Wes Anderson Films

Recently, I have been binge watching films by my favorite directors and Wes Anderson is one of them. So today I opted to write an appreciation post for it! Yay!

If you’ve seen any of his movies, you know how identifiable they are. This is mainly due to his set designs. It’s not bad to find a style and stick with it. Anderson is a genius in his own way. His idiosyncratic film style is what makes him incomparable.

You know it’s Wes Anderson film if you see:

•Overhead shots of objects

•Face wounds


•Shots of writing

•Whip pans

•Characters explaining elaborate plans

•Character running away suddenly

•Futura fonts

•Whimsical names

•Face punches

•William Defoe

•Characters with dead parents

•Classic rock songs

•A Wilson Brothers



Most Wes Anderson films have a vintage feel due to these sets, however, they do not feel dated at all. His films are art pieces in themselves, it is so easy to appreciate them.

Here’s more

Reasons To Get Watching Wes:

• He uses pastel colors and sticks to a specific palette throughout the entire film. To me, they are incredibly aesthetically pleasing.

Did you know the dreamy dusky pink/ cotton pink candy that’s been everywhere over the last year? Wes did it first!

This is his 2014 Oscar winner The Grand Budapest Hotel has more candy-coloured charm.

• His love of symmetry create very visually pleasing scenes, and his storylines are just as gorgeous. It’s the same as an artist or writer having a specific style.

• All of his films are like a wild roller coaster ride where you have no idea when or where it’s going to end.

Wes fast-paced films give you the giddy feeling. A bit spacey. A bit sped-up.

I always feel like I’m going on an adventure when watching his films and always feel a little exhausted (and sometimes confused) when it ends!

• The Fashion Style

Some of the most amazing style inspiration committed to film comes from Wes Anderson.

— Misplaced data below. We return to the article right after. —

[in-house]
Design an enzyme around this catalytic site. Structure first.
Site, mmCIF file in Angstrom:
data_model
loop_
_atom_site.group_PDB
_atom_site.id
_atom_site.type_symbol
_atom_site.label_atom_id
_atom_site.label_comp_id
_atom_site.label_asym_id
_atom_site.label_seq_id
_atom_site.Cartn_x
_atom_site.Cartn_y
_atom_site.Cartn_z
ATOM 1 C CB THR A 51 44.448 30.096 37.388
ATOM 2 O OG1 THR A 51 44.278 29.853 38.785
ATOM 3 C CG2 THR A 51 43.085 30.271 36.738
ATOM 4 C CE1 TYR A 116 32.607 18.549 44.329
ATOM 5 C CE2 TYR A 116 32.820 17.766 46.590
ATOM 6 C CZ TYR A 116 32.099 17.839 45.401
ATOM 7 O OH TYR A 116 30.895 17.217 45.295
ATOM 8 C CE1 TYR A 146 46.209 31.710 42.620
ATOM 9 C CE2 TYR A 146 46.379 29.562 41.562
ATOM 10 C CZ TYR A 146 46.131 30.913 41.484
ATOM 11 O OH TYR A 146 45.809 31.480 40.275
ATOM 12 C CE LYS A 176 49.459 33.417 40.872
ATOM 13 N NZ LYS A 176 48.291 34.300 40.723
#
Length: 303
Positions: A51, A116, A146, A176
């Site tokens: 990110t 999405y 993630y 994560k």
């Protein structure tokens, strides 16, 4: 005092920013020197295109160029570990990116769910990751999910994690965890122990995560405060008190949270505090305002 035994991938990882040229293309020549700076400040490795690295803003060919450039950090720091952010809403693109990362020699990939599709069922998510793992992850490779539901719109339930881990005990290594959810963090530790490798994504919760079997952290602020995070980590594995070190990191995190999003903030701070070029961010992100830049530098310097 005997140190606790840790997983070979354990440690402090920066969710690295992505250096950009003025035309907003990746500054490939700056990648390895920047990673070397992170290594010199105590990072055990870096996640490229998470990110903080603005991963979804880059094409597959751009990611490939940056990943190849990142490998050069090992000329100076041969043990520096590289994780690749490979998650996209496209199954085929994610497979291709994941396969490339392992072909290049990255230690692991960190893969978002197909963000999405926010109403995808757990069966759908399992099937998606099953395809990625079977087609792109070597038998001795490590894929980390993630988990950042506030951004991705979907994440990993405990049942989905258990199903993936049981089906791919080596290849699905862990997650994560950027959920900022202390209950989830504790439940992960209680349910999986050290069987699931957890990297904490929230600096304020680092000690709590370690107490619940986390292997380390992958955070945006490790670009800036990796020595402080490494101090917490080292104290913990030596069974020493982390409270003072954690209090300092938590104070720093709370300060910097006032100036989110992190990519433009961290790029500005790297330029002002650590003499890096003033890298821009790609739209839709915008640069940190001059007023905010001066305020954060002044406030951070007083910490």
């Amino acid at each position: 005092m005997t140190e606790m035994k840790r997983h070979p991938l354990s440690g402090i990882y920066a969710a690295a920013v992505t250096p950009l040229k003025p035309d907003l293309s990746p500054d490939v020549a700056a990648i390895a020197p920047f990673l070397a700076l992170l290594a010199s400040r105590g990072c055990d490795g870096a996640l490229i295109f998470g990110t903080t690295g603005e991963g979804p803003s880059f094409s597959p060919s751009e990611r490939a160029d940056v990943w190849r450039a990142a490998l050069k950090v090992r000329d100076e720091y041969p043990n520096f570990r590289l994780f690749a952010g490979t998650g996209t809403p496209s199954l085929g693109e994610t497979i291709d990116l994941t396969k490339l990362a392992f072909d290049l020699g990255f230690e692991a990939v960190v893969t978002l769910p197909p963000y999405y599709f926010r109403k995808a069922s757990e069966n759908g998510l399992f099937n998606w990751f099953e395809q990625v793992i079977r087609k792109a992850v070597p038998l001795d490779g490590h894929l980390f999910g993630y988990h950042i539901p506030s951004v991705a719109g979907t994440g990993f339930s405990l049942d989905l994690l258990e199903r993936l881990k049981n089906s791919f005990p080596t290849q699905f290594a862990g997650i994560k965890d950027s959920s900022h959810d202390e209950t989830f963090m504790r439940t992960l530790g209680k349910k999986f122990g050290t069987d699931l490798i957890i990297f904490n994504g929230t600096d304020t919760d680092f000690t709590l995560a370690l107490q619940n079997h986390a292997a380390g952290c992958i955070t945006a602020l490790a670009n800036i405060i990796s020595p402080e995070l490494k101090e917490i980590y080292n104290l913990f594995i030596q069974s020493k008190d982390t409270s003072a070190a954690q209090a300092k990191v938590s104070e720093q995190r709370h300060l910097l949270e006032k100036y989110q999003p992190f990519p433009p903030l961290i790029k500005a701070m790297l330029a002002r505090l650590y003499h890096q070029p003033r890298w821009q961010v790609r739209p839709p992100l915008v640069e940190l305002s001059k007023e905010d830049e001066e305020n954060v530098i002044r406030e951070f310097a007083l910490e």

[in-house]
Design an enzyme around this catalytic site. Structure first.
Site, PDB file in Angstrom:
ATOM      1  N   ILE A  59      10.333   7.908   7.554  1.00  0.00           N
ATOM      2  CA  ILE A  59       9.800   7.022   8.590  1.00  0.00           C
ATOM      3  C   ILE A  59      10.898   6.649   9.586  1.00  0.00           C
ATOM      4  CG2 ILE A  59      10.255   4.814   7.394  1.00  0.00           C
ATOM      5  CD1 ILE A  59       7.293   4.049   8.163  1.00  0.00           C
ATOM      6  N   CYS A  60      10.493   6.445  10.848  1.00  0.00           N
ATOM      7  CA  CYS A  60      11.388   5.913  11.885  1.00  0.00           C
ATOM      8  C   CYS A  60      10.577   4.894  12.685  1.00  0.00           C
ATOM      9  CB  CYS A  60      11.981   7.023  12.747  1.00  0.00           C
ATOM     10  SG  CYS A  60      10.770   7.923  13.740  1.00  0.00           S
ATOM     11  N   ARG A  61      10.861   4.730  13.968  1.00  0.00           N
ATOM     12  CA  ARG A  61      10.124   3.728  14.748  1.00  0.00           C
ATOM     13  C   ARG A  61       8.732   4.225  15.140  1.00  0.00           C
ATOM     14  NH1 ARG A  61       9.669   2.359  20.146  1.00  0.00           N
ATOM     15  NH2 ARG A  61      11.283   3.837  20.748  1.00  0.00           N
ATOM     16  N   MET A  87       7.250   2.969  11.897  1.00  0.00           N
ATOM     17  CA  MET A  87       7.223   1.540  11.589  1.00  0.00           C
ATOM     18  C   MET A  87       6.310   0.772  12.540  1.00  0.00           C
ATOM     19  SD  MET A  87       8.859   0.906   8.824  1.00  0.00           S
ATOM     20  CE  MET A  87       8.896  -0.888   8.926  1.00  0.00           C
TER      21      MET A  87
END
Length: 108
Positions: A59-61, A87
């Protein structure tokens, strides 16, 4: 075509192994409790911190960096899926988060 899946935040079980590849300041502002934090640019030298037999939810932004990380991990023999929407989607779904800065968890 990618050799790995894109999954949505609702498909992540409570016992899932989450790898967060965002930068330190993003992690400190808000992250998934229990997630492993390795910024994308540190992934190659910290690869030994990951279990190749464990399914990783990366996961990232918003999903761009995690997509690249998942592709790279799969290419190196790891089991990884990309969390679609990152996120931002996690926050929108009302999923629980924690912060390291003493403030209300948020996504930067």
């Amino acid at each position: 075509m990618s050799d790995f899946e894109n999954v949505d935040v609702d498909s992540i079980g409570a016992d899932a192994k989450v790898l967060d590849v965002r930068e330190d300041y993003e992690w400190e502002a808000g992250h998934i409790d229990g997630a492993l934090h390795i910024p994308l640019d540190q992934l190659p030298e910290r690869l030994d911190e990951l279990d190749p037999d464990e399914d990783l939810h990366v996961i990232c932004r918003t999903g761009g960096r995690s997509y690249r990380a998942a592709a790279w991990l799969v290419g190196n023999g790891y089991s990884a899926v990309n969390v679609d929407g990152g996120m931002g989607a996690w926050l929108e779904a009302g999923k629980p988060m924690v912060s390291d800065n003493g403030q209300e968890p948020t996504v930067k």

Wouldn’t be amazing if we dressed as they did? Faux fur coat, t-shirt minidress and loafers, red beanie, yellow and pink shift dresses and beret. Heck, so cool!

• The Soundtrack

Wes got great choices here so expect a whole tad of retro tracks— The rolling Stones, The Kinks, and The Who everywhere you go to stir your soul. If you’ve ever wished you knew more 60s and 70s references then watch his earlier films

The Aquatic With Steve Zissou for its gorgeous David Bowie covers, The Royal Tenenbaums for The Rolling Stones and The Velvet Underground and The Darjeeling Limited for classics by The Kinks.

It is very rare that you can watch a movie without seeing the credits and recognize within a few minutes who directed it. His style is so unique to him that you only have to watch one or two of his movies to instantly recognize his quirky style— can be very dry humor but pretty damn hilarious and brilliant. All of them. And the characters in his movies are suppose to be extra— they just have “extra” personality. For example they can be really loud or obnoxious or aggressive or demanding or dramatic. And it’s funny if you realize it’s like that on purpose, it’s for comedy.

He reminds me of Tim Burton who also has such a singular, unique style and vision of movie making. His movies to me are like if a far side cartoon came to life with beautiful cinematograph.

The Royal Tenenbaums is still my favorite Wes Anderson film. A dysfunctional family that loves each other regardless of everyone’s shortcomings? A lot of us can relate. The Grand Budapest Hotel may be his careers masterwork so far but I can’t seem to get over the marvel that is The Royal Tenenbaums. I love the quirky characters that fit somewhere between Dickensian whimsy and Fitzgeraldian fragility. I adore the direction of presenting these characters story inside of a literal book where only these characters can live and would come to be Wes Anderson’s authorial style. I believe The Royal Tenenbaums was where he fully found his voice and with each subsequent film has continued to bring us films full of colorful characters, fragile spirits, whimsical worlds, and fine tuned stories.